Of flags, marriage and denial
Simon Williamson lives with his federally-recognized spouse in the wild yonder of Newton County. Follow him on Twitter at @simonwillo.
There is a severe absence of embarrassment here in rural Georgia over the Confederate flag kerfuffle. Like belligerent teens, current owners of the most recognizably rancid symbol in America are now flying the flag more prominently, highlighting it like Justin Timberlake did Janet Jackson’s Super Bowl tit.
A bit of background: I am a white South African whose formative years took place under apartheid. We also had a flag. And we also got a new one, because the old one stood for such a hateful generation of oppression by white people against black. Don’t forget, that white supremacist murderer in South Carolina may have had a Confederate logo on his car, but the apartheid South African flag is etched onto his jacket.
So I am not speaking from a place of ignorance when I say I am in full agreement that the Confederate flag has no place on the offi- cial grounds of any government in the Union, state or local. And that I think private citizens who fly it are largely morons, and I look down upon them as condescendingly as I do people who think Shia LaBeouf can act.
And so it will be regarding the people who hate on the civil institution of marriage equality. This country has seen people of the same sex marry for over 11 years now, and the deities of various religions have yet to smite the nation with any weather that hasn’t been seen before.
When I moved to the United States in late 2011, there was still fallout from New York State’s legislature allowing men to marry men and women to marry women. Although the bill had moved through the legislature six months earlier, Cardinal Timothy Dolan was still complaining like Donald Trump in economy class. Newspapers were still debating what the effects would be. And Americans were still passing constitutional bans against marriage equality with flawless success—it was the prejudice equivalent of the S&P 500 in Obama’s America.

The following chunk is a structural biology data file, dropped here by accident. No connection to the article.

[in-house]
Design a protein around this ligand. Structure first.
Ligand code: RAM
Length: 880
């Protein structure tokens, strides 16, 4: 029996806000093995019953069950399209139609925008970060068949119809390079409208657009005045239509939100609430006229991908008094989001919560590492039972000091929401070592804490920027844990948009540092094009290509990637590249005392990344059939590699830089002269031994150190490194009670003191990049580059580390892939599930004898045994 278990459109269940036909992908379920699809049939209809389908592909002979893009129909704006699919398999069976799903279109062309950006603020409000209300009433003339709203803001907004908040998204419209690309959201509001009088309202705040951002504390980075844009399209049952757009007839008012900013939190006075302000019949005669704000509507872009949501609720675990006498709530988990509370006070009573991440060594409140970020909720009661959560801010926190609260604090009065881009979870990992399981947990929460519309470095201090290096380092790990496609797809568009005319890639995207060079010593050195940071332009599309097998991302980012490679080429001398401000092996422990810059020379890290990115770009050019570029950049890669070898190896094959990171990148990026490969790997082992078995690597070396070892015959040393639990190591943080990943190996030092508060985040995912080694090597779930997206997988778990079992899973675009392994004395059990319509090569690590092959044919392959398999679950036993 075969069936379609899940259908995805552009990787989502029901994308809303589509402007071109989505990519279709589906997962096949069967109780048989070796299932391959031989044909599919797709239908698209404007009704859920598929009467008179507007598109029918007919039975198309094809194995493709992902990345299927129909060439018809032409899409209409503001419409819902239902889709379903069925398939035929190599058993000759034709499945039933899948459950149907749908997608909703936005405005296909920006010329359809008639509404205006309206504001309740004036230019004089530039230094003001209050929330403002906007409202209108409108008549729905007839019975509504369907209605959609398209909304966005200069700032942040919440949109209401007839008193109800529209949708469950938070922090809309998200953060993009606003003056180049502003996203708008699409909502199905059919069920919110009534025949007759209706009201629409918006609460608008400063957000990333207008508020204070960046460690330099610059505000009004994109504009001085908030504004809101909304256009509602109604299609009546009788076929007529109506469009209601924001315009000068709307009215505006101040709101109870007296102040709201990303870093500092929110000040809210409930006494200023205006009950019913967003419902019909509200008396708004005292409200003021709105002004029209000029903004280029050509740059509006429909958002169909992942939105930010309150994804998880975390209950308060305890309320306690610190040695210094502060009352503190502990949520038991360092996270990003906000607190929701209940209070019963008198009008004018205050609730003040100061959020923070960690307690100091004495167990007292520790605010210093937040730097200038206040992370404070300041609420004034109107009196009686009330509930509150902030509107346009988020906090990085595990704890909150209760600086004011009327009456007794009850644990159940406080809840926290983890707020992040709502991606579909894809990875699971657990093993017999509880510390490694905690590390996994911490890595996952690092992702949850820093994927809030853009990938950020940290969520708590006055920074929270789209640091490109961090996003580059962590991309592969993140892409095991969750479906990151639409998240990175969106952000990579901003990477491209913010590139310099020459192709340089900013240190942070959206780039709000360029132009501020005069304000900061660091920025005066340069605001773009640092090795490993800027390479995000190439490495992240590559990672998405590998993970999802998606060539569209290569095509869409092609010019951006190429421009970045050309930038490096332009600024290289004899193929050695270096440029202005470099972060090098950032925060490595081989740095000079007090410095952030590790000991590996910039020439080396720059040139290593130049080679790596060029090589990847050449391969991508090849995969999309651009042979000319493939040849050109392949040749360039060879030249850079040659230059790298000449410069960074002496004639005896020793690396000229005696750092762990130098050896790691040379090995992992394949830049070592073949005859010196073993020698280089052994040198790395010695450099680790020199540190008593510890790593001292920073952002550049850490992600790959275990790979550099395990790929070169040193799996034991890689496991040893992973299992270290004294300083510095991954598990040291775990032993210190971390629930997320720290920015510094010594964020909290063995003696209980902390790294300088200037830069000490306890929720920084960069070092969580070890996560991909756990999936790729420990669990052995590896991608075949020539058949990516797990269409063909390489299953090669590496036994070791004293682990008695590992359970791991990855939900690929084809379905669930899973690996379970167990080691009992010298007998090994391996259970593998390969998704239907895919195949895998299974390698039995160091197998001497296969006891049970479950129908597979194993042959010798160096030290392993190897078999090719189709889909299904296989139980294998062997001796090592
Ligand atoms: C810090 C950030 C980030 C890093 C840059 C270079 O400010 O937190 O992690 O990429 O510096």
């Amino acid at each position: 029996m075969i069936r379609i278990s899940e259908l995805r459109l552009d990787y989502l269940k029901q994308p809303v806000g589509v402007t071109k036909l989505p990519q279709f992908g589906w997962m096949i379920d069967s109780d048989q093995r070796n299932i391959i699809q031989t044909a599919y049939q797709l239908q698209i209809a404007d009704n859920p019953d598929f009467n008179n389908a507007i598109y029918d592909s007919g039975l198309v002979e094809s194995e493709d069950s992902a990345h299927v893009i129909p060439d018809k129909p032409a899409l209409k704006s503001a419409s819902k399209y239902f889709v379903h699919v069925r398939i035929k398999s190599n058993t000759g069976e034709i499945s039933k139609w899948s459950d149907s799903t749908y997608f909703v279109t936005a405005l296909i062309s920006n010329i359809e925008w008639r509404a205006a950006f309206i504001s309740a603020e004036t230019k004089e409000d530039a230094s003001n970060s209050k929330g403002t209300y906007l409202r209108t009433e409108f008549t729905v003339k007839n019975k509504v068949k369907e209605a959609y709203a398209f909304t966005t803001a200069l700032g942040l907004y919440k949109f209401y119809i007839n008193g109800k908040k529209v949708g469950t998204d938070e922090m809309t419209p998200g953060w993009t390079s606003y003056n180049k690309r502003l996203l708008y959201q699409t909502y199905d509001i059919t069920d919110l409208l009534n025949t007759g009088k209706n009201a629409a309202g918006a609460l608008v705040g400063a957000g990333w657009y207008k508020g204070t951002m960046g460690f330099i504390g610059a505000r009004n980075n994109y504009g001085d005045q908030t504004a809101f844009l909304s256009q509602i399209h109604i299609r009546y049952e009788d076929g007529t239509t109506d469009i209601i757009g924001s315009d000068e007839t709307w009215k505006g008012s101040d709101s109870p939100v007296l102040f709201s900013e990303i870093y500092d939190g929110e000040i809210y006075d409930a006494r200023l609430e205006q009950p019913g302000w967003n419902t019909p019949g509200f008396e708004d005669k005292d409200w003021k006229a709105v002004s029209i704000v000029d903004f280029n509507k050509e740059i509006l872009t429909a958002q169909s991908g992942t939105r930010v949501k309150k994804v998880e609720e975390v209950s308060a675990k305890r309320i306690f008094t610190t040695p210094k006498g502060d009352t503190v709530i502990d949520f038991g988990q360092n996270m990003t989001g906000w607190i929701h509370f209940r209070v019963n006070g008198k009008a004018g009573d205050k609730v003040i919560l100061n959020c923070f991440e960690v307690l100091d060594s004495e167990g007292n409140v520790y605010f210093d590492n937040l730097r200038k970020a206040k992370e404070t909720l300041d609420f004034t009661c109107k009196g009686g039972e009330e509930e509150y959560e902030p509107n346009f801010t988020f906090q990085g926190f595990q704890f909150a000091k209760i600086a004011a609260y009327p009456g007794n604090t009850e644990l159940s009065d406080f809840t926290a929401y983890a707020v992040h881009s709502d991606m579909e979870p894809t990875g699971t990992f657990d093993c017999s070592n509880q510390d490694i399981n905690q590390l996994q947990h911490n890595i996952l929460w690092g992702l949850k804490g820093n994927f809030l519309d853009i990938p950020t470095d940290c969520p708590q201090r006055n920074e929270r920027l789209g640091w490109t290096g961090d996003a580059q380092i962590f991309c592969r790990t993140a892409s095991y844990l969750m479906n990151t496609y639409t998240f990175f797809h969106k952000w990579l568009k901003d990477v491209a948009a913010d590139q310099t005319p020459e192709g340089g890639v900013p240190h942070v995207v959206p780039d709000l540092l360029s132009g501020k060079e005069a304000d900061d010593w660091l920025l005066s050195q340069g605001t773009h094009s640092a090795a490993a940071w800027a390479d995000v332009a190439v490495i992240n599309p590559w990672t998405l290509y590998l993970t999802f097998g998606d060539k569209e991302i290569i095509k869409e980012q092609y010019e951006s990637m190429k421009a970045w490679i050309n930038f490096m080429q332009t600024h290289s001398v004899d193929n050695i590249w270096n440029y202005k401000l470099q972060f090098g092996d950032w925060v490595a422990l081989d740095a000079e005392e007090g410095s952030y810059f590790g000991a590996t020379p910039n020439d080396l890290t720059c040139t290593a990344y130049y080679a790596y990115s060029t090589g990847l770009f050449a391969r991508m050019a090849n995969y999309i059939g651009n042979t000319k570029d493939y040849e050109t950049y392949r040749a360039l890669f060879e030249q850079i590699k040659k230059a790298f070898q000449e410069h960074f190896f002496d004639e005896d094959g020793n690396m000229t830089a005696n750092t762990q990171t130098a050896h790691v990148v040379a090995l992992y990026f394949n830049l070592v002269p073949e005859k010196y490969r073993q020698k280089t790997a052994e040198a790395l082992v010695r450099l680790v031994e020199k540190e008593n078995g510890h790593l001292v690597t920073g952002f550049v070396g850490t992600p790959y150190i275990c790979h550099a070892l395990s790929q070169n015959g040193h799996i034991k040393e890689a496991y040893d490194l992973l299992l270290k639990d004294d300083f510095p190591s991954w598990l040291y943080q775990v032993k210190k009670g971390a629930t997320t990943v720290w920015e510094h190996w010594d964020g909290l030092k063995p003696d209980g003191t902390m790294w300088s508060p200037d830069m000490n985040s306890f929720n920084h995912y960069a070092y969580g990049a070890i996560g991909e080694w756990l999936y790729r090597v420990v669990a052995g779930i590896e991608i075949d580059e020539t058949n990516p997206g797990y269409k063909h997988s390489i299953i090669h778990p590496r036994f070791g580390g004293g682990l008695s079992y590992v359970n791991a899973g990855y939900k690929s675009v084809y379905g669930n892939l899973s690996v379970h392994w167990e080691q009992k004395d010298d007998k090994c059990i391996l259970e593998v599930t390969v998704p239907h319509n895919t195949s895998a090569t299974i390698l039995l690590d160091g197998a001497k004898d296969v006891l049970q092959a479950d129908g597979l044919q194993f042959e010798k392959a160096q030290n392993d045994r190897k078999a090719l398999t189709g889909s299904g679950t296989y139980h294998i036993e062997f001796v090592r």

Merely four years later, the situation has been tipped on its head, and more than one public official who was once against gay marriage, or was too scared of the political fallout to say otherwise, is now in our boat, paddling merrily along to Cher’s greatest hits. We’ve struggled a bit with Republican officials, but as more of them breed gay children, or realize where they are in relation to the public opinion in their districts, that resistance will fall as readily as if David Hasselhoff had sung on top of it.
Although Mike Huckabee and his votaries, with their selective reading of both the Bible and the Constitution, have made a big noise since the Supreme Court ruled, their squealing has had all the effect of a rolled-upon piglet. Public opinion will not be hauled back by bitter people without an argument that can’t reasonably be construed as having its basis in anything other than disliking gay people. This is not really the sort of thing that goes backwards (the Roberts Court’s demolition of the Voting Rights Act notwithstanding).
So while, of course, we are not out of the woods, and a third of the nation still thinks we’re just out to do to the nation’s morals what Illinois governors do to the state fiscus, there will come a time when crapping all over the civil institution of same-sex marriage makes you look like as much of an in-denial dickhead as a Confederate flag bumper sticker attached to the rear of your car.
“I am a white South African whose formative years took place under apartheid. We also had a flag. And we also got a new one because the old one stood for such a hateful generation of oppression by white people against black.”